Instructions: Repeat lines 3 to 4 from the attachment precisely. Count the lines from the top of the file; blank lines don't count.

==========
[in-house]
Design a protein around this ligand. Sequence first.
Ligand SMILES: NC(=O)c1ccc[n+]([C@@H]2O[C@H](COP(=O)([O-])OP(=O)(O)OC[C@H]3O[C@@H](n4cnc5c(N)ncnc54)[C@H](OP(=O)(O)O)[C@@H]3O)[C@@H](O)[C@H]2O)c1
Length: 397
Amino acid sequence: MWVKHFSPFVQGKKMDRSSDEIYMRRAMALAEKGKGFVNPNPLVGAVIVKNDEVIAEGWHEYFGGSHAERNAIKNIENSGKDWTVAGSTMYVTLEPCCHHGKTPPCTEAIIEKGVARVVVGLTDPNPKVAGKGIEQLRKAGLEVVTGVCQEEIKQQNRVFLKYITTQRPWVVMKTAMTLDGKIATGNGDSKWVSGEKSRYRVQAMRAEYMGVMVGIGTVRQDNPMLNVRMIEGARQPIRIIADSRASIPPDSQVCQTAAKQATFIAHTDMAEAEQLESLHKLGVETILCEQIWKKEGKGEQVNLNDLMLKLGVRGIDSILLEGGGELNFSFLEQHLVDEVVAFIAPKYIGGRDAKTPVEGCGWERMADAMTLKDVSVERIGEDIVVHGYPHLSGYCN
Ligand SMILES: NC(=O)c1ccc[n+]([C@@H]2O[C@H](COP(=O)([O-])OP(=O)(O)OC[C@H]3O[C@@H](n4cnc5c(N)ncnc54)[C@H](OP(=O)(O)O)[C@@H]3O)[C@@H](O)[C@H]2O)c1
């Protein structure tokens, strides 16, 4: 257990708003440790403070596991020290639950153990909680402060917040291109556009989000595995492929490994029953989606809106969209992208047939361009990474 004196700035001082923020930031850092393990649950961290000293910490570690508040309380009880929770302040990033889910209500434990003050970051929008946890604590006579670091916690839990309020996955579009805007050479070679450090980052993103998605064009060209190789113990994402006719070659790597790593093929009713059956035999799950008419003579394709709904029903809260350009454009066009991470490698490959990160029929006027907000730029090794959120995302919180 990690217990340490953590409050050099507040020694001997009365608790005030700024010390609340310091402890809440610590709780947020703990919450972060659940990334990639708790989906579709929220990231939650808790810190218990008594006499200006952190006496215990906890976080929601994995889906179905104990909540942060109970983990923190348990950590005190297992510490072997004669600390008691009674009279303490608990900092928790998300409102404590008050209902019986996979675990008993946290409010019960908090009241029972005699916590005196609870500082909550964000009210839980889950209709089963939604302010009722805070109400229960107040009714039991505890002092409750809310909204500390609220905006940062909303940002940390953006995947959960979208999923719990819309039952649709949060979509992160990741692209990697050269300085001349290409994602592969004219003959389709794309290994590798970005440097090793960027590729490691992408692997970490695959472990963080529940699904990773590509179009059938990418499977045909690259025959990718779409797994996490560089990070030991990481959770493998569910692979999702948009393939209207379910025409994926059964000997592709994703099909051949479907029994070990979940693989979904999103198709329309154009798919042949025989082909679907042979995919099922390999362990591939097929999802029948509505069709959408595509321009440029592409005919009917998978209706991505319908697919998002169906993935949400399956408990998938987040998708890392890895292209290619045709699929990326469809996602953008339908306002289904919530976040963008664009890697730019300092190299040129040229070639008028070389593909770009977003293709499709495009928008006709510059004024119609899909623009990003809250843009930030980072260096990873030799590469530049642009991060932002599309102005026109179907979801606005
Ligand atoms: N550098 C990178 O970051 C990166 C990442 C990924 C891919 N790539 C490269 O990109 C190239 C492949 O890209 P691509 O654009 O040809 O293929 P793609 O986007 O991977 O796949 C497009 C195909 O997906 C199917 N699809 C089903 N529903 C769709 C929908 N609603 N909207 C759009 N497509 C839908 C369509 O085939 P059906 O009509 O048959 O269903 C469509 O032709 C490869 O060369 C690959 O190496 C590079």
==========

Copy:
Ligand SMILES: NC(=O)c1ccc[n+]([C@@H]2O[C@H](COP(=O)([O-])OP(=O)(O)OC[C@H]3O[C@@H](n4cnc5c(N)ncnc54)[C@H](OP(=O)(O)O)[C@@H]3O)[C@@H](O)[C@H]2O)c1
Length: 397